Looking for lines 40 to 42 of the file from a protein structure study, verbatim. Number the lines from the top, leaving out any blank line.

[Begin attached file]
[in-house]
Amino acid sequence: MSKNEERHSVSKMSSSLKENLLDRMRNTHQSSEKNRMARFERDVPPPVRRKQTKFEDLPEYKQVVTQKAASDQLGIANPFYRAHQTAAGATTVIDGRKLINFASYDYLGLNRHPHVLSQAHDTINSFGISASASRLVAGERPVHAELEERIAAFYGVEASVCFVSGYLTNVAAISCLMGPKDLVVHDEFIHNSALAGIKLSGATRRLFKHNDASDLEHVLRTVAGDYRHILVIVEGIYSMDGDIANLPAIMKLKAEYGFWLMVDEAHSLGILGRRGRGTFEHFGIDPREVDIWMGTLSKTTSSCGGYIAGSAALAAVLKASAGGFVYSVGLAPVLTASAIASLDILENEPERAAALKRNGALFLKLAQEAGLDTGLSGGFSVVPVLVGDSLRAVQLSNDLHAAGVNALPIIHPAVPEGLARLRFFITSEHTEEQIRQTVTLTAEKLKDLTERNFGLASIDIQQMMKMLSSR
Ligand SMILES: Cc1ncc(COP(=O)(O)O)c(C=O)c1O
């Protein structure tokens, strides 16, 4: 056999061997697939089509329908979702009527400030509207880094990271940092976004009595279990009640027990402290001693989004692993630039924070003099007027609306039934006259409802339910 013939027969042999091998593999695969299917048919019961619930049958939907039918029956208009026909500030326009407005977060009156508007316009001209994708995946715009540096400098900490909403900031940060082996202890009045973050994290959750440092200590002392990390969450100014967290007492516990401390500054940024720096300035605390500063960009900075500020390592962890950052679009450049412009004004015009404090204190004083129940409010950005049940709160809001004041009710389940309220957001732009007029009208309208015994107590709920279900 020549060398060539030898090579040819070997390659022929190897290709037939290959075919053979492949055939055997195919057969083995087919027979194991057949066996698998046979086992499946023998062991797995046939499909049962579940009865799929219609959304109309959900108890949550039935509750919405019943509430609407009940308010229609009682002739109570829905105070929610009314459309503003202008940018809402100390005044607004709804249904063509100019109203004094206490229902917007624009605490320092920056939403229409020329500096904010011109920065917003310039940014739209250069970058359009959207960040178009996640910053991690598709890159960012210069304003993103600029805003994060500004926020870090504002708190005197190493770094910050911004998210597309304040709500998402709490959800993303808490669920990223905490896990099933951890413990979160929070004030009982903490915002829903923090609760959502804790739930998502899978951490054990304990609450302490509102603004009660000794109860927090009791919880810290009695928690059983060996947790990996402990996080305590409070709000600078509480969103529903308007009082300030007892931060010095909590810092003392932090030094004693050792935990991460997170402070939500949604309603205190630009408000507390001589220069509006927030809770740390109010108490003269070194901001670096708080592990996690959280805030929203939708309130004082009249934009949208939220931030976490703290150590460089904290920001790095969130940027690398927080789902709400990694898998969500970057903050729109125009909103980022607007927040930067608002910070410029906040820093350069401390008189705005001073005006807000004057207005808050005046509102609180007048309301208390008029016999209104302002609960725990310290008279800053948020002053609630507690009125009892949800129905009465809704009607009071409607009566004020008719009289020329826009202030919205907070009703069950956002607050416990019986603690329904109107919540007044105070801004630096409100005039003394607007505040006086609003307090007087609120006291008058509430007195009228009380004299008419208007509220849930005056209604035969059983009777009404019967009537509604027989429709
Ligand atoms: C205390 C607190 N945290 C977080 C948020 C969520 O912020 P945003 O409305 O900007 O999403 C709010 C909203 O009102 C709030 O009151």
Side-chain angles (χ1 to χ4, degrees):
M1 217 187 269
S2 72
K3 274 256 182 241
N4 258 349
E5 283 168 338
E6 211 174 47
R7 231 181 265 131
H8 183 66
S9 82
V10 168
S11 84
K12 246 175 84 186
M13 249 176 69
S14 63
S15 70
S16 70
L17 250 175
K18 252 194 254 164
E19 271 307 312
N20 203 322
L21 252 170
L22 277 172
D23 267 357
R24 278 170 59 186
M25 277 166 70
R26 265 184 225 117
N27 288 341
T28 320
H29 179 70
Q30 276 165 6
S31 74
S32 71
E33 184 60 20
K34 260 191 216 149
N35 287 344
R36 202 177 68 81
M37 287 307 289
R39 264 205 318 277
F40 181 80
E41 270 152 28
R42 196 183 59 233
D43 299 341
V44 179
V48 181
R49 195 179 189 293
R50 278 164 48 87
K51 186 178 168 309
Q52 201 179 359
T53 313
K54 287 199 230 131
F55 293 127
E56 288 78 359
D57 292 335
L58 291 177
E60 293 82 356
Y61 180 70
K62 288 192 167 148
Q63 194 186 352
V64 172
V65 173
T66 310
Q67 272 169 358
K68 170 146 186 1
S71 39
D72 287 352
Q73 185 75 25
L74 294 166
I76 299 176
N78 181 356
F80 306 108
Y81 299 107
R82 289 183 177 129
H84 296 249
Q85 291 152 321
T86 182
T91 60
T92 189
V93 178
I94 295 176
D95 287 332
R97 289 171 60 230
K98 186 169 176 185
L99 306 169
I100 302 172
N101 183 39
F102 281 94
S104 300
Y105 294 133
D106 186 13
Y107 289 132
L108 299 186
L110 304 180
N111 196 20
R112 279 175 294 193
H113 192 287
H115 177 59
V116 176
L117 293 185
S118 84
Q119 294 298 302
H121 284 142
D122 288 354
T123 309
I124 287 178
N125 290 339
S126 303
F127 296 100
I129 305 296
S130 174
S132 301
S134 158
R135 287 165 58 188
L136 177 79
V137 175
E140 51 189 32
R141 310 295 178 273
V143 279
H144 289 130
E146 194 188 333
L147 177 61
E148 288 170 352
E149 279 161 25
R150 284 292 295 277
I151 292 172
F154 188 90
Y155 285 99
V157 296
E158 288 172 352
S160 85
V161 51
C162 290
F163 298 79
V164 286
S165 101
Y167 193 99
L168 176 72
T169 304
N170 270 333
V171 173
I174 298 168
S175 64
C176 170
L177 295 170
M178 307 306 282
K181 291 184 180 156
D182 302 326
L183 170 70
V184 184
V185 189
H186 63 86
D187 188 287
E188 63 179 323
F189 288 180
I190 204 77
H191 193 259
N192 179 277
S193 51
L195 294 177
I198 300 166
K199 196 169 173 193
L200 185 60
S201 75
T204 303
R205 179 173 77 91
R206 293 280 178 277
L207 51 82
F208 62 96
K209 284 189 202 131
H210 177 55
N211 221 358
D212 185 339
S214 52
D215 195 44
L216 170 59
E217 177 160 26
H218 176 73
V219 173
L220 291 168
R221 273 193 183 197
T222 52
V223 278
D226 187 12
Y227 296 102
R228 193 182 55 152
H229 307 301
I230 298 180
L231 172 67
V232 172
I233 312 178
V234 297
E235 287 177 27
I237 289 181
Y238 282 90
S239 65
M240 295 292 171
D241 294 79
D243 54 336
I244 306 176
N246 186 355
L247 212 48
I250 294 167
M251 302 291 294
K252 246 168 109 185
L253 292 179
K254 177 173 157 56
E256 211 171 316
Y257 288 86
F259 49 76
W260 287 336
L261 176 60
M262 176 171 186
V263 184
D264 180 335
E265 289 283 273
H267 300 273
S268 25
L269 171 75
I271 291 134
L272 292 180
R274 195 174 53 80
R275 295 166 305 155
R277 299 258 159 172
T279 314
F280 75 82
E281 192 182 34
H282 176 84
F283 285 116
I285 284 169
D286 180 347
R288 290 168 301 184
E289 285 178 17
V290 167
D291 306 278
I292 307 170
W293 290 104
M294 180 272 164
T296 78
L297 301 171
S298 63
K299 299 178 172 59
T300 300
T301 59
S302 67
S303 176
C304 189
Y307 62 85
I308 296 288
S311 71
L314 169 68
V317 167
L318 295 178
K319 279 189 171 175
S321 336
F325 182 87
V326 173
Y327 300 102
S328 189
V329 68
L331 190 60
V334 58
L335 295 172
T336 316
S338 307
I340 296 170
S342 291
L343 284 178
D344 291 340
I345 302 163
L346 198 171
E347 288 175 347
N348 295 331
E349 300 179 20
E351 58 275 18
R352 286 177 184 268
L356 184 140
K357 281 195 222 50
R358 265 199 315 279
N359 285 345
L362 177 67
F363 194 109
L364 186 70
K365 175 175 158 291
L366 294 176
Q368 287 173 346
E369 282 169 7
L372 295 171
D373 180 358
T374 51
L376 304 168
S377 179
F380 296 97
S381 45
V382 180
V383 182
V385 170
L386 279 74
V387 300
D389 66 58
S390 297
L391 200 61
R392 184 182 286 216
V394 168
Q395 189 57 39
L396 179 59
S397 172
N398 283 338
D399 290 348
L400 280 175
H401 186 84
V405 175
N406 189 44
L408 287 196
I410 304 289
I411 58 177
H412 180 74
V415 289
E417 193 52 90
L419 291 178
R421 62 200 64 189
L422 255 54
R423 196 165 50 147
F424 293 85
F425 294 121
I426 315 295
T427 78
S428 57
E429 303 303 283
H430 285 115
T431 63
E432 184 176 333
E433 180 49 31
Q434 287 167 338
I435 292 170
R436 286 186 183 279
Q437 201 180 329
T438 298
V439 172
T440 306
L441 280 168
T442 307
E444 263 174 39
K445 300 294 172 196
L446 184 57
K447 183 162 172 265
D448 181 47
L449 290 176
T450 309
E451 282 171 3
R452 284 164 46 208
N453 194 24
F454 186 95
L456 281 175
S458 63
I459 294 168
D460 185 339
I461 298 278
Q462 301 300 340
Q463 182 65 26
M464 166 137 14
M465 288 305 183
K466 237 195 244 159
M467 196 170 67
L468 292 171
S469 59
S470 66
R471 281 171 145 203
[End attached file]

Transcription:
K34 260 191 216 149
N35 287 344
R36 202 177 68 81